Mental Health in the Workplace

Mental Health in the Workplace

The Importance of Mental Health in the Workplace

In recent years, we’ve seen a dramatic shift in the way employees are conducting their work. Many businesses have shifted to a more at-home work approach. Employees have had to weigh their options regarding getting vaccinated and returning to work in person. This has all contributed to a mental health pandemic of sorts. More people are suffering from things like anxiety and depression and don’t know where to turn.

Employee Mental Health

Something positive to come out of the pandemic is that we’re starting to talk more about mental health. This is a topic that used to be taboo not too long ago. We’re learning that when someone asks us how we’re doing, it’s acceptable to express that we haven’t been feeling like ourselves lately or that we’re struggling with anxiety. Instead of hiding who we are and what we deal with in our minds, our mental health challenges can be something that we talk about openly with people we know. Just as employers stress the importance of living a healthy lifestyle, eating right and working out, it has become important to ensure that an employee’s mental health is stable. There is more help available than ever.

This far into the pandemic, workers are experiencing even more stress, anxiety, loneliness, depression and agitation than they did six months into 2020. This had led to an increase in sleep issues, anger problems, food addiction and substance misuse.

Coronavirus Anxiety

Anxiety can come from many different scenarios. Some people experience social anxiety when they go out into a public setting. Anxiety can come from PTSD after a traumatic event, and the circumstances surrounding COVID have been a traumatic event for many. Other people have deep-rooted issues from their childhood that have developed into anxiety in their adulthood. The pandemic has brought about its own level of anxiety that many people have experienced to varying degrees.

At the beginning of the pandemic, there were a lot of people who experienced anxiety about their safety and health. For businesses that were still operating on an in-person basis, it was stressful for people to go into work wondering if they were going to get sick. Some people didn’t have the choice to work from home. People in health care have experienced severe trauma from working in a setting where they are at risk. They pose a risk to their family at home, and they are seeing and dealing with devastating situations at work each day. These are situations where people need mental health support in order to continue being able to work while still processing and healing from what they are going through.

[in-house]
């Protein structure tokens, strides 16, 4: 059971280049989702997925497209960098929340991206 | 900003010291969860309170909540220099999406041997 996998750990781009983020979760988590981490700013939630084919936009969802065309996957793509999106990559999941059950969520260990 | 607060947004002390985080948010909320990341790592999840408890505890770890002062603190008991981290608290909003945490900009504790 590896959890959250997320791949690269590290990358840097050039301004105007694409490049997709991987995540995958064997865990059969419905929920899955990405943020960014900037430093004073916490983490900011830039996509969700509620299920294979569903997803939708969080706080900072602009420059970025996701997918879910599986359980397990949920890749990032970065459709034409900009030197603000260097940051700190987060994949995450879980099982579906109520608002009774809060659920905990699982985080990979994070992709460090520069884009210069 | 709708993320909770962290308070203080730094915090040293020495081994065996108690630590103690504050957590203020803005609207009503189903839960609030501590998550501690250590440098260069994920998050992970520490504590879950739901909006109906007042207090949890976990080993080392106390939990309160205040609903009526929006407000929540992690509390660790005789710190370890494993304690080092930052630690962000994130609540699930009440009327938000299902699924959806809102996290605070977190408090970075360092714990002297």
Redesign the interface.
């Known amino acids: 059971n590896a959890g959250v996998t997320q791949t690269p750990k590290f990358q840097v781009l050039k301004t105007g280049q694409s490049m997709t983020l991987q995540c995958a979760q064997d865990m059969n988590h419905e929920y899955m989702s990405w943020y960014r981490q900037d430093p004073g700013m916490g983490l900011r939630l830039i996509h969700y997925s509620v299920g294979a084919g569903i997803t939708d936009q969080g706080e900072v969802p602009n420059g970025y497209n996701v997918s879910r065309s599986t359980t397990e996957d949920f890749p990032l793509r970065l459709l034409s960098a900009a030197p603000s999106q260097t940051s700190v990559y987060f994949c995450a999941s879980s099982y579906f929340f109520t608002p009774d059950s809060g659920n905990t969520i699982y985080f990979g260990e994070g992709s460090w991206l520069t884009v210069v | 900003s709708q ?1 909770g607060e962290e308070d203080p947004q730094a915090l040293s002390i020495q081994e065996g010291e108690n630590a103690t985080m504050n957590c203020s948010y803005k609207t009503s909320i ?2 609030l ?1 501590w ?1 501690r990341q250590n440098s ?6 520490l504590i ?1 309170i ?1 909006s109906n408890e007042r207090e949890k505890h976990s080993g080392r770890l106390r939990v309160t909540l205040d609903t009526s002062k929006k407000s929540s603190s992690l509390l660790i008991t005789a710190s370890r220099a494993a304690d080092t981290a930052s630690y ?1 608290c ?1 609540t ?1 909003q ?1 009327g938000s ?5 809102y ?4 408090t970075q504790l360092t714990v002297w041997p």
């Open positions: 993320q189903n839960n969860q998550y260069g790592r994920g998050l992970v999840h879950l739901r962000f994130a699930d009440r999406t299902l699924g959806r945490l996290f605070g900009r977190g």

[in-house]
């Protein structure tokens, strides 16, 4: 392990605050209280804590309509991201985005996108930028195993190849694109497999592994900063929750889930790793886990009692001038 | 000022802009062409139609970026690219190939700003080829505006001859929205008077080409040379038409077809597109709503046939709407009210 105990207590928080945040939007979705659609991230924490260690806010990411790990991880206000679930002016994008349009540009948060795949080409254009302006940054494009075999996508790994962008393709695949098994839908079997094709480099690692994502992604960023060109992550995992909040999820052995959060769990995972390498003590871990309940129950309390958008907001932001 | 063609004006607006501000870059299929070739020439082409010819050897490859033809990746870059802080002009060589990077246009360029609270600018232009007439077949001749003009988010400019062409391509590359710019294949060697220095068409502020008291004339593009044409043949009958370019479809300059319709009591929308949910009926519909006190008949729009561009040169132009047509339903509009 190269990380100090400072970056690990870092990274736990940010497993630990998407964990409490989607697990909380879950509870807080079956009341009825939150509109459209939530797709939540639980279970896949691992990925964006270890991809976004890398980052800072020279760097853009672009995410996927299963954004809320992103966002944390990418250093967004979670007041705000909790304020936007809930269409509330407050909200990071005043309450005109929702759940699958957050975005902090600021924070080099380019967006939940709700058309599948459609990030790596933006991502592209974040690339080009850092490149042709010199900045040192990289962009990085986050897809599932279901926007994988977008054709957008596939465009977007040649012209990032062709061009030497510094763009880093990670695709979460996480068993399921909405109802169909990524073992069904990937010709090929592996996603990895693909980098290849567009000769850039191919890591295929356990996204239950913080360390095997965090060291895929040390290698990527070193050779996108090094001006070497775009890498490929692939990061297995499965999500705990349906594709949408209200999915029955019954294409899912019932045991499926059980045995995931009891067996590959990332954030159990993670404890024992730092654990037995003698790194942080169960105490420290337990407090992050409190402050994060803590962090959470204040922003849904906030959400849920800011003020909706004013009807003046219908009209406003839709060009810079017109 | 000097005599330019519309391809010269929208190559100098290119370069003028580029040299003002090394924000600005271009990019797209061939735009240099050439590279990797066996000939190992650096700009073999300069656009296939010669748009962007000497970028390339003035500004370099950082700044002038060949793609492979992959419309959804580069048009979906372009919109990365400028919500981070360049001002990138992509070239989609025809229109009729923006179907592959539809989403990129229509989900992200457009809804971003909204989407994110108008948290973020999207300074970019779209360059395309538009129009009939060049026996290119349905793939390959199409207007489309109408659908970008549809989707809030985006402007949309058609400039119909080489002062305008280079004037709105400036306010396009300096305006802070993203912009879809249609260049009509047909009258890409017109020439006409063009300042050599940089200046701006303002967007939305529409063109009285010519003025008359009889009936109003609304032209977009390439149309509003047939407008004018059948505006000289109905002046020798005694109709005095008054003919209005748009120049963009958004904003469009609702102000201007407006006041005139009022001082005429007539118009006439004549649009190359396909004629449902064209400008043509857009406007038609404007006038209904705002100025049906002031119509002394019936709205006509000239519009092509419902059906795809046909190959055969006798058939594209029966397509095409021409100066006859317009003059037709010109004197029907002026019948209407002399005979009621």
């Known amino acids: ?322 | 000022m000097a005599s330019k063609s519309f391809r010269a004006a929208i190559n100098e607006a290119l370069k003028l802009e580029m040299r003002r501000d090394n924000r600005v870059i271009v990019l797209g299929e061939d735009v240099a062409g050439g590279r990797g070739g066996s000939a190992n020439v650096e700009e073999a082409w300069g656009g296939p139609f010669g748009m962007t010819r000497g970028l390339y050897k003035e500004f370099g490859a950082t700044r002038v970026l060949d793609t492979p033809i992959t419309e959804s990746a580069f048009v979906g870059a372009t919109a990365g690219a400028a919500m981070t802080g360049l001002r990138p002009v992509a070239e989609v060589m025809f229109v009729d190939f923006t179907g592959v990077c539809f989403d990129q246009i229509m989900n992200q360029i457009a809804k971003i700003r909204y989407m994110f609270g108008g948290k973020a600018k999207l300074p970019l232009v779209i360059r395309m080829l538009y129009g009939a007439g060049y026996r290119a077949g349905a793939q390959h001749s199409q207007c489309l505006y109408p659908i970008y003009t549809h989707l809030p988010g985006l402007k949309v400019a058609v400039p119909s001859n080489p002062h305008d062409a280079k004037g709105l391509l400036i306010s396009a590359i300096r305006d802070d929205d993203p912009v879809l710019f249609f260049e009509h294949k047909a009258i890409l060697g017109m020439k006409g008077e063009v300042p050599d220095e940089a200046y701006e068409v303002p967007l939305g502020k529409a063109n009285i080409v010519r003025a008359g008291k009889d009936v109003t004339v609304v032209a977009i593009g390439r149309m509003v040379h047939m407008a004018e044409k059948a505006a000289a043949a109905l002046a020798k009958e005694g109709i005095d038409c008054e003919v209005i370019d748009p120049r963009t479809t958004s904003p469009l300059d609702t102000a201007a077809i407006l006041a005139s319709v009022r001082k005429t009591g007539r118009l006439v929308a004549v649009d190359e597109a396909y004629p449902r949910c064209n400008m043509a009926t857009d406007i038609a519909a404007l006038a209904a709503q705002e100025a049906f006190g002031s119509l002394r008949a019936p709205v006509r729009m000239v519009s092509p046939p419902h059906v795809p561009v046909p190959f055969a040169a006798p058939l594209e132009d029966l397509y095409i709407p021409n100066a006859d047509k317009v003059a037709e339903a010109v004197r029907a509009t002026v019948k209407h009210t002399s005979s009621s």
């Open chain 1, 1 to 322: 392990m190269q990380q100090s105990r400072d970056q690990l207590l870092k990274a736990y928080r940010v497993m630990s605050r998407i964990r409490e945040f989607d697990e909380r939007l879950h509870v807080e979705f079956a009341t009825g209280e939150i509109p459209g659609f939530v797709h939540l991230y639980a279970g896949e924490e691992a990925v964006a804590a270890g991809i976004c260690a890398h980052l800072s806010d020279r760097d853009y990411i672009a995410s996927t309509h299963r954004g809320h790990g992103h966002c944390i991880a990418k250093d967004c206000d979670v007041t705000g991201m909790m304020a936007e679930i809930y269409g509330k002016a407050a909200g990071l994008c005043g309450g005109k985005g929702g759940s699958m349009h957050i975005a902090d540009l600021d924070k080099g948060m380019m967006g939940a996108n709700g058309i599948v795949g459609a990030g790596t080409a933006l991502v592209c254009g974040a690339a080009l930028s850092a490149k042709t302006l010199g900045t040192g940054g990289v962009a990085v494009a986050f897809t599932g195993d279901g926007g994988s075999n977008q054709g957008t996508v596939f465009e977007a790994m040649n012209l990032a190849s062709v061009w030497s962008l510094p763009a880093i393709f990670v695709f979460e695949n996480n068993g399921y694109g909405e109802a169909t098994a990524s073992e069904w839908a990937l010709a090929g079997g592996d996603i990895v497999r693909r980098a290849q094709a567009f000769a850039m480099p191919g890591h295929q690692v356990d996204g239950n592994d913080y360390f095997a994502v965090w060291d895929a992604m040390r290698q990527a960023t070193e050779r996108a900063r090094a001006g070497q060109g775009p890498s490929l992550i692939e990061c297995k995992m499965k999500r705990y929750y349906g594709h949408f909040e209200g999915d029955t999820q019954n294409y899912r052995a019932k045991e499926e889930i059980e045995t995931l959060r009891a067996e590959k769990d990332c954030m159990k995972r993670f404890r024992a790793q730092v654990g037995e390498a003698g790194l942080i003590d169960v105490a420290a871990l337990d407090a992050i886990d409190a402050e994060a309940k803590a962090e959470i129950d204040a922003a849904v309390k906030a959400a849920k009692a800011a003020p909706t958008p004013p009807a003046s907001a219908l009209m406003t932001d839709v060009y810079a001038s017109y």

Employers Providing Mental Health Resources

The mental health of an employee directly relates to the success of a business. Many people who suffer from mental health issues will miss work because of them. Some people have panic attacks that prevent them from getting to work on time, or they have to leave early for the day because of an unexpected panic-based experience that they are having.

Other people suffer from depressive episodes that keep them from getting out of bed in the morning with ease. The CDC has reported that an employee missing work decreases productivity to a degree where it costs a company $1,685 in losses per employee. If multiple employees are missing work because of mental health issues, this can result in a significant productivity problem.

Many employers are offering different programs to their employees, but this may not be enough. Approximately 53% of employers in the U.S. offer some sort of employee assistance program.

Employee assistance programs often offer things like free therapy sessions with a qualified counselor. However, these sessions are usually brief. You may only get a few of them covered before it would become your own financial responsibility to continue. Some people aren’t comfortable using these resources, and employers don’t always do a good job communicating that these services are available. Many employees don’t even know that they can access the program provided. It is the responsibility of an employer to make everyone in a company aware that these services are available, not to mention that they should use them freely whenever needed.

The Benefits of Mental Health Coverage in the Workplace

Mental health coverage has become a common conversation in many companies across the U.S. since 2020. Because mental health has become something that people are paying more attention to, employees expect their employer to offer resources. This could be counseling, days off for mental health care, preventive programs and more.

When an employer offers treatment resources to their staff, they experience a much higher degree of employee satisfaction across the board. Being able to retain talent during a time when many people are choosing to leave their job is a major challenge. A high turnover rate is a major expense for a company, and a worker shortage can be devastating for a business regardless of its size. Employers can attract and retain talent by offering excellent benefits that include mental health resources.

Investing in the Mental Health of Your Team